Last push to raise £25k to save D-Day landing craft in Portsmouth

The LCT 7074 in 2015 prior to conservation work. Picture: Steve Parsons/PA

HERITAGE bosses have launched a final push to raise £25,000 to save the sole-surviving landing craft from the D-Day invasion.

The National Museum of the Royal Navy (NMRN) has launched the campaign to raise cash to complete the restoration of the 200ft LCT 7074.

LCT 7074 during service Picture: NMRN

She will be displayed outside the D-Day Museum in Southsea to mark the 75th anniversary of D-Day in 2019.

So far, the scheme has received a £4.7m grant from the National Lottery. A further £1.1m is needed in match funding to unlock the cash.

The latest crowdfunding effort is the final push for public donations, with cash to fund the rest of the project coming from elsewhere.

Nick Hewitt, head of exhibitions and collections at the NMRN, said: ‘At dawn on the morning of D-Day, June 6, 1944, 800 landing craft approached the Normandy landing beaches.

‘What ensued was the largest seaborne invasion in history and it was landing craft, including LCT 7074, that delivered tanks, troops and essential equipment to the beaches.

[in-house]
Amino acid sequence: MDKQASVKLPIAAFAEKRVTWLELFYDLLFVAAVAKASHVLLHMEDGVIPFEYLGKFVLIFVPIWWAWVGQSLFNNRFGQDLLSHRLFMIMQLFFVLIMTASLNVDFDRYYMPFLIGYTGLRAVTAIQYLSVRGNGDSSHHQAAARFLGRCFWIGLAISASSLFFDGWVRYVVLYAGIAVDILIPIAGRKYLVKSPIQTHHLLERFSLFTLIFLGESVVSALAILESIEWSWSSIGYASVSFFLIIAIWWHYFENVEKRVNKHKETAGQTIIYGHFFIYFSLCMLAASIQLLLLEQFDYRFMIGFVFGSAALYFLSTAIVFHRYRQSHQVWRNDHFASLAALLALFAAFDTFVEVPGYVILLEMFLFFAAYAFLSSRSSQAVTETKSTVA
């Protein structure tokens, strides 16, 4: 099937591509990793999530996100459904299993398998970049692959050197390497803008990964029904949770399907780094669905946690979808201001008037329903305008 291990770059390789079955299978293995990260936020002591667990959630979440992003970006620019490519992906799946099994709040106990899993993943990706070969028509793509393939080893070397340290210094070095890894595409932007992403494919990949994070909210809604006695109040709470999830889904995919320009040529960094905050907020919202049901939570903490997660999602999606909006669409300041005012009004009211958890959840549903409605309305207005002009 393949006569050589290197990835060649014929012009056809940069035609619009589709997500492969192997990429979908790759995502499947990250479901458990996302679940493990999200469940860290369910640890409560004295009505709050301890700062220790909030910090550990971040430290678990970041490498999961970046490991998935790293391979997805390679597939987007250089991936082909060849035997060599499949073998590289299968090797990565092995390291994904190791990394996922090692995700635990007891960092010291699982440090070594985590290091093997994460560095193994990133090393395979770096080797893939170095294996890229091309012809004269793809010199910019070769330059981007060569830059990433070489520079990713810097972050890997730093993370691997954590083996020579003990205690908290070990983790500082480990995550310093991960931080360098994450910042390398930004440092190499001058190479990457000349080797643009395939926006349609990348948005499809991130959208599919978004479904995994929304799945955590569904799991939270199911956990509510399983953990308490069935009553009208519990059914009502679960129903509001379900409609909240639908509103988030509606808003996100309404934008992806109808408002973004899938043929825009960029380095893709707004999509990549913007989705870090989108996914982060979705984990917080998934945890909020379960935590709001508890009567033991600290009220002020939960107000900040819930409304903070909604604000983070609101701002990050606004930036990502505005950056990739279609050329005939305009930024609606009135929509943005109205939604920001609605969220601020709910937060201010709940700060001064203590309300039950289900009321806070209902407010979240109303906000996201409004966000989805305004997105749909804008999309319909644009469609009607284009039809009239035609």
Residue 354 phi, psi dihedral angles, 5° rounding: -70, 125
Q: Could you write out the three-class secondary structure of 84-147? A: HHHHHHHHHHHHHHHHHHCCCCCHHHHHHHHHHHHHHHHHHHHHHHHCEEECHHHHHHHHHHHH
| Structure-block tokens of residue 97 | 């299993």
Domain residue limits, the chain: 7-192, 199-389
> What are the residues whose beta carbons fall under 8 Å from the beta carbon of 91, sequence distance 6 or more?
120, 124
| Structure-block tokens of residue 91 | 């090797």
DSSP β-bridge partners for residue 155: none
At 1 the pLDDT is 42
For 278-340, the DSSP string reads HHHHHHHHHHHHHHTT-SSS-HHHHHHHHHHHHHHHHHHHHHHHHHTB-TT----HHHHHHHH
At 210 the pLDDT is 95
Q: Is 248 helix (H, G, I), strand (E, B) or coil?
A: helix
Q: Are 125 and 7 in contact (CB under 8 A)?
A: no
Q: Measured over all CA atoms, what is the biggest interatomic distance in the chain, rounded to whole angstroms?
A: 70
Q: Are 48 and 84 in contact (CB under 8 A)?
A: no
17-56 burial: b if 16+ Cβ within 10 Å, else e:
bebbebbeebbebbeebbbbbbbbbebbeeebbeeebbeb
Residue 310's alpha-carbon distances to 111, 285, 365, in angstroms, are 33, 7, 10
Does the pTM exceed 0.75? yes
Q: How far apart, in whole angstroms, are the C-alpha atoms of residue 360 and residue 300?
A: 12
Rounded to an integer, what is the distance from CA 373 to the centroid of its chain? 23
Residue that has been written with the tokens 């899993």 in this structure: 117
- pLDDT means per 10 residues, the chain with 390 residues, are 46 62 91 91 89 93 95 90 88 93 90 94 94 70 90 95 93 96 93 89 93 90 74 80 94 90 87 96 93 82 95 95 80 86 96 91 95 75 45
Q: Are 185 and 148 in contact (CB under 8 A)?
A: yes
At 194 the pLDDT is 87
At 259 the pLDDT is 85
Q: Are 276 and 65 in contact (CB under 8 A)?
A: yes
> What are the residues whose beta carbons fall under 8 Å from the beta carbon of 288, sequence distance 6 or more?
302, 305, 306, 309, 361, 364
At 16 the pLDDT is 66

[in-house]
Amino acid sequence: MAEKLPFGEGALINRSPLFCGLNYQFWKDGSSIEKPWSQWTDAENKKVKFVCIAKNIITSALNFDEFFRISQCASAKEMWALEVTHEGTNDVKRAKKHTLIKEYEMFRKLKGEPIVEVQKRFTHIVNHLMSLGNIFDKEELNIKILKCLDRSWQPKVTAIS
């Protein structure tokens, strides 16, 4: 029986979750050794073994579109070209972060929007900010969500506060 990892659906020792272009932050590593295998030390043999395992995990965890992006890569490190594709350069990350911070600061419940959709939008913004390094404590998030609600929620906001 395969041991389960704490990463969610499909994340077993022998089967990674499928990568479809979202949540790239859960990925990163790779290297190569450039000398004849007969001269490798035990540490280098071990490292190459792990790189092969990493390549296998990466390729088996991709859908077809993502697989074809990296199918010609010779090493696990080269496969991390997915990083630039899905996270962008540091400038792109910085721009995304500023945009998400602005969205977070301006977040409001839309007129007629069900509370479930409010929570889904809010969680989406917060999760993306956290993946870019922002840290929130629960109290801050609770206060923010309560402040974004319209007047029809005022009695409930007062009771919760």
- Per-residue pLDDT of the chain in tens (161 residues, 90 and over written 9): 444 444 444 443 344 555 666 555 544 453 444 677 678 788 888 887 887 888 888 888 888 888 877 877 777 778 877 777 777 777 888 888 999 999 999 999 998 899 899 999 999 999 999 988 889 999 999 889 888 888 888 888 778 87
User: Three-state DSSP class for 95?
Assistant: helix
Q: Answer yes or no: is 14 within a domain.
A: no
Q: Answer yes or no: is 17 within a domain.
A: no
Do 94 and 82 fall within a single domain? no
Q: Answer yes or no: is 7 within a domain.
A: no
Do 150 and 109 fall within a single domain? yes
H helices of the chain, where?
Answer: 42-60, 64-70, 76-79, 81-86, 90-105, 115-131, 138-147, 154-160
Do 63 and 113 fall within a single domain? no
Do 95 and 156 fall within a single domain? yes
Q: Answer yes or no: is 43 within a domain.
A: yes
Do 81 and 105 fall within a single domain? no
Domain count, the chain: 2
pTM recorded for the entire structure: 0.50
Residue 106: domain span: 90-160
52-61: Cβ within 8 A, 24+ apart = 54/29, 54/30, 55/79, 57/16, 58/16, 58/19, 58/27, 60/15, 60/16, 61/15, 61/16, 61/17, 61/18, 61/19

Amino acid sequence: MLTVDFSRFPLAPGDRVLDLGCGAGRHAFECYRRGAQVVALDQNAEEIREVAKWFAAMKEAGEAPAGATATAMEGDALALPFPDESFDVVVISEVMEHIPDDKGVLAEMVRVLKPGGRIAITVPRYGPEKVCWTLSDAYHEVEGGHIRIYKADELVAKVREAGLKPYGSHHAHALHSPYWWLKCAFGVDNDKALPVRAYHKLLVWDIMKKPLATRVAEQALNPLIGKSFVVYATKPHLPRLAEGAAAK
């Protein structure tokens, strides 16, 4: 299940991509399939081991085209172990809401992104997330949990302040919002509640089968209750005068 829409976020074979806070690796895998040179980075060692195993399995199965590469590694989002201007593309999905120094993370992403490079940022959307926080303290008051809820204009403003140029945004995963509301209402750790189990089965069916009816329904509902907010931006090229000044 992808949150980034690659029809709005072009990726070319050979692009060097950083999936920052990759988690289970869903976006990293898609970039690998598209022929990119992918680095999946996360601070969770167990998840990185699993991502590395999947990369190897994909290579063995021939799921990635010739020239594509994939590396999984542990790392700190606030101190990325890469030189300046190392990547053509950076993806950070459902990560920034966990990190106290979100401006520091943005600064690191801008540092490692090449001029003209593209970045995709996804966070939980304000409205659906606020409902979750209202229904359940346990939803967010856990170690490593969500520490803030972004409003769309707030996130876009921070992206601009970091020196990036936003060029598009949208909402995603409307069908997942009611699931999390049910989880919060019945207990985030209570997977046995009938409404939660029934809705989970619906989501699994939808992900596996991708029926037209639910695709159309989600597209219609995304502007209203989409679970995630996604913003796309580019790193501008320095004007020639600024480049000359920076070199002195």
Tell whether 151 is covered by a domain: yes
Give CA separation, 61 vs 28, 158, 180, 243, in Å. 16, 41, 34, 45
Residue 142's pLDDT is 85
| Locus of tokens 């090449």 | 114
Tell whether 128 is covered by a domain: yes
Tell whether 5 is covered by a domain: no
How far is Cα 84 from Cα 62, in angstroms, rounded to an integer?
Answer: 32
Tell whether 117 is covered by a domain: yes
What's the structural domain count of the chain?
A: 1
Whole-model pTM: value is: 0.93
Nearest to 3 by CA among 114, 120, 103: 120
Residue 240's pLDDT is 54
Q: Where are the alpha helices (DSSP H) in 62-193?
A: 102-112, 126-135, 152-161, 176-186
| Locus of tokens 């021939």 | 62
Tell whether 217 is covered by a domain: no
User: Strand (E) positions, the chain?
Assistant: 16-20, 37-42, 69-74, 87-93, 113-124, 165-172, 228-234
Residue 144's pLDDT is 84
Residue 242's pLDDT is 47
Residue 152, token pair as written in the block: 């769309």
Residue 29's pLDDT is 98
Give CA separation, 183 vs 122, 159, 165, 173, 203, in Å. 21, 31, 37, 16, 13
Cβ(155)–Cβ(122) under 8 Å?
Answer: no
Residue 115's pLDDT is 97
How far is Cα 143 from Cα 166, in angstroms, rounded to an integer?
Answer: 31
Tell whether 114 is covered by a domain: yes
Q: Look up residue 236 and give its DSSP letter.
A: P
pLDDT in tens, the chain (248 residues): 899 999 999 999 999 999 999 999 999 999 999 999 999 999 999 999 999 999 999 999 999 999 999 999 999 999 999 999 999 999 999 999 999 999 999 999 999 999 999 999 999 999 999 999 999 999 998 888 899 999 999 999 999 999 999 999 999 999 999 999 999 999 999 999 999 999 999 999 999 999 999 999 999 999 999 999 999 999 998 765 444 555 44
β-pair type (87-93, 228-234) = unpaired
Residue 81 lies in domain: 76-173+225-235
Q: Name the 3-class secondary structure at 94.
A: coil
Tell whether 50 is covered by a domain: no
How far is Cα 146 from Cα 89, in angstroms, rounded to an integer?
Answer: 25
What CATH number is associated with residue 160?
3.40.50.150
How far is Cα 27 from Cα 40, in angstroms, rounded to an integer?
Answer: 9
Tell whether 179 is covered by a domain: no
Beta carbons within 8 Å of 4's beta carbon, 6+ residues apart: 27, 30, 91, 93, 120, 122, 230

‘LCT 7074 is the last of these vital workhorses known to have actually participated in the D-Day landings.

‘This makes her totally unique and a key piece in history.’

After a chequered post-war career involving conversion into a floating clubhouse and nightclub, the craft was in private hands, semi-derelict and sunk at her moorings at East Float Dock, Birkenhead.

But in 2014 she was successfully salvaged and moved to Portsmouth by the NMRN.

Previous successful crowdfunding campaigns run by the charity include raising more than £9,000 to help preserve First World War ship HMS M.33, the only remaining Royal Navy survivor of the Gallipoli Campaign; £10,000 for Falkland veteran Landing Craft F7 and more than £6,000 to save CMB 331, the last surviving Second World War coastal motor boat.

To support the latest bid, see

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